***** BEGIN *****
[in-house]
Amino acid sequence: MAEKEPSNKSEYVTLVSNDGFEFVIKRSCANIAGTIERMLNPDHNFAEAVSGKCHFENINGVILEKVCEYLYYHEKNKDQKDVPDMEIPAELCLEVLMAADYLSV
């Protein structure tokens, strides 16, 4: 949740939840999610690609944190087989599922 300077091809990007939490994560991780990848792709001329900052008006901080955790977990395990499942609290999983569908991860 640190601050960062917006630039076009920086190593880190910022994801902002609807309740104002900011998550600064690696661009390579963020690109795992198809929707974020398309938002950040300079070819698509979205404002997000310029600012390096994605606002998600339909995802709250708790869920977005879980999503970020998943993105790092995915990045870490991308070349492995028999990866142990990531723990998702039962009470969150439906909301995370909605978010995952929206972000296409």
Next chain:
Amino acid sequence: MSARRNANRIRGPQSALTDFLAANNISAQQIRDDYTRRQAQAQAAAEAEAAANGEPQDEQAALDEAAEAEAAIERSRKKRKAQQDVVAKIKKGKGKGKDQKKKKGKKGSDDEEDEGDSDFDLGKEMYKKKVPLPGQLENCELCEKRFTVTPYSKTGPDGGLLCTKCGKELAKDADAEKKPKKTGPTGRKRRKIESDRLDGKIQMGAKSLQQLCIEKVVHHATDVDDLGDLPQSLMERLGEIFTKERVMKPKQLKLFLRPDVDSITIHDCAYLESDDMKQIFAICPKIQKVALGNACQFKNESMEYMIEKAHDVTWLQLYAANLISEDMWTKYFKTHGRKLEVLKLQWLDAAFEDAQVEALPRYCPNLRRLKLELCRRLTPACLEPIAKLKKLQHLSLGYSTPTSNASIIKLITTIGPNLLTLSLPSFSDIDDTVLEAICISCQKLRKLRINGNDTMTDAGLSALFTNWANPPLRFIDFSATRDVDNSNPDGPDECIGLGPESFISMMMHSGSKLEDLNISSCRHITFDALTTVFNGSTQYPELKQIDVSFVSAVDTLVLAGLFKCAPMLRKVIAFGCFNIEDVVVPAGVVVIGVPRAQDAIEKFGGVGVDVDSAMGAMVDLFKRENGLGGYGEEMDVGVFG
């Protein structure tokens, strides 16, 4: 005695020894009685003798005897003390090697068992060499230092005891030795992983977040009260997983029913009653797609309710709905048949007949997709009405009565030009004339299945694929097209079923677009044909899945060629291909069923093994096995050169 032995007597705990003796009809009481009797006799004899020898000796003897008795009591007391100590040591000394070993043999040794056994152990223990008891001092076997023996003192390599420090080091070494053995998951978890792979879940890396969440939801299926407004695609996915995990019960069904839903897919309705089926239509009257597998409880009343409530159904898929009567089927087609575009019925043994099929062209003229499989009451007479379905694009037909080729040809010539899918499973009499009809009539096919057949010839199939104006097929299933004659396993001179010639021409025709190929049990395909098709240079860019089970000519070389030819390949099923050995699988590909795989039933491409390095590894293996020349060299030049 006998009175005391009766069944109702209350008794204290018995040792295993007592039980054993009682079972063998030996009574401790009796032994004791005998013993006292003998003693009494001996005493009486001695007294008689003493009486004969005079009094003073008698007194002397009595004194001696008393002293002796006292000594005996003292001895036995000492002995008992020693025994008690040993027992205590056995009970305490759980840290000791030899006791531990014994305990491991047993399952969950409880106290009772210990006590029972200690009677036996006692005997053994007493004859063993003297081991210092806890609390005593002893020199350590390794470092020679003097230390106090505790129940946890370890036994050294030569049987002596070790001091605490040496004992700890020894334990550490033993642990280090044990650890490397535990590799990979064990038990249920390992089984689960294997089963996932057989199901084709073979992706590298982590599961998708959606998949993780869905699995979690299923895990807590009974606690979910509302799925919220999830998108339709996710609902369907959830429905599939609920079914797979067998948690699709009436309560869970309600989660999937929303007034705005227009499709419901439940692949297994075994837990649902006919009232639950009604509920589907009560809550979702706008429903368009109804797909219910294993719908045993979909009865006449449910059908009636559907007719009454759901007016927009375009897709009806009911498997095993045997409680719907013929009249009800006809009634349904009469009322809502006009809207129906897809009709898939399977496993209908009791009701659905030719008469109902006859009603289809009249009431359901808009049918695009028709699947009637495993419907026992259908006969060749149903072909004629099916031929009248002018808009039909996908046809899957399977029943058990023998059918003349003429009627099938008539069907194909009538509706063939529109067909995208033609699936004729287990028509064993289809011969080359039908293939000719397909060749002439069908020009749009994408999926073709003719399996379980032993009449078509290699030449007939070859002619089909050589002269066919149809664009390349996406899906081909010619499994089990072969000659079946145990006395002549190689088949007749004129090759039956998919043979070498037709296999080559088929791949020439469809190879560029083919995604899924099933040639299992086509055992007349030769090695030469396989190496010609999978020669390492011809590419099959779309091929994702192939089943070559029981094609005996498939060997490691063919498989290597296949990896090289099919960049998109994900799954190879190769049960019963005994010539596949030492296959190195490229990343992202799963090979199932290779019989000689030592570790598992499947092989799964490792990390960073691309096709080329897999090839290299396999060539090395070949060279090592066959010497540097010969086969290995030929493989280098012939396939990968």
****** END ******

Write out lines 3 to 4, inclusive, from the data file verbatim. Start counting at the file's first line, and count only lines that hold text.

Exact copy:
């Protein structure tokens, strides 16, 4: 949740939840999610690609944190087989599922 300077091809990007939490994560991780990848792709001329900052008006901080955790977990395990499942609290999983569908991860 640190601050960062917006630039076009920086190593880190910022994801902002609807309740104002900011998550600064690696661009390579963020690109795992198809929707974020398309938002950040300079070819698509979205404002997000310029600012390096994605606002998600339909995802709250708790869920977005879980999503970020998943993105790092995915990045870490991308070349492995028999990866142990990531723990998702039962009470969150439906909301995370909605978010995952929206972000296409």
Next chain: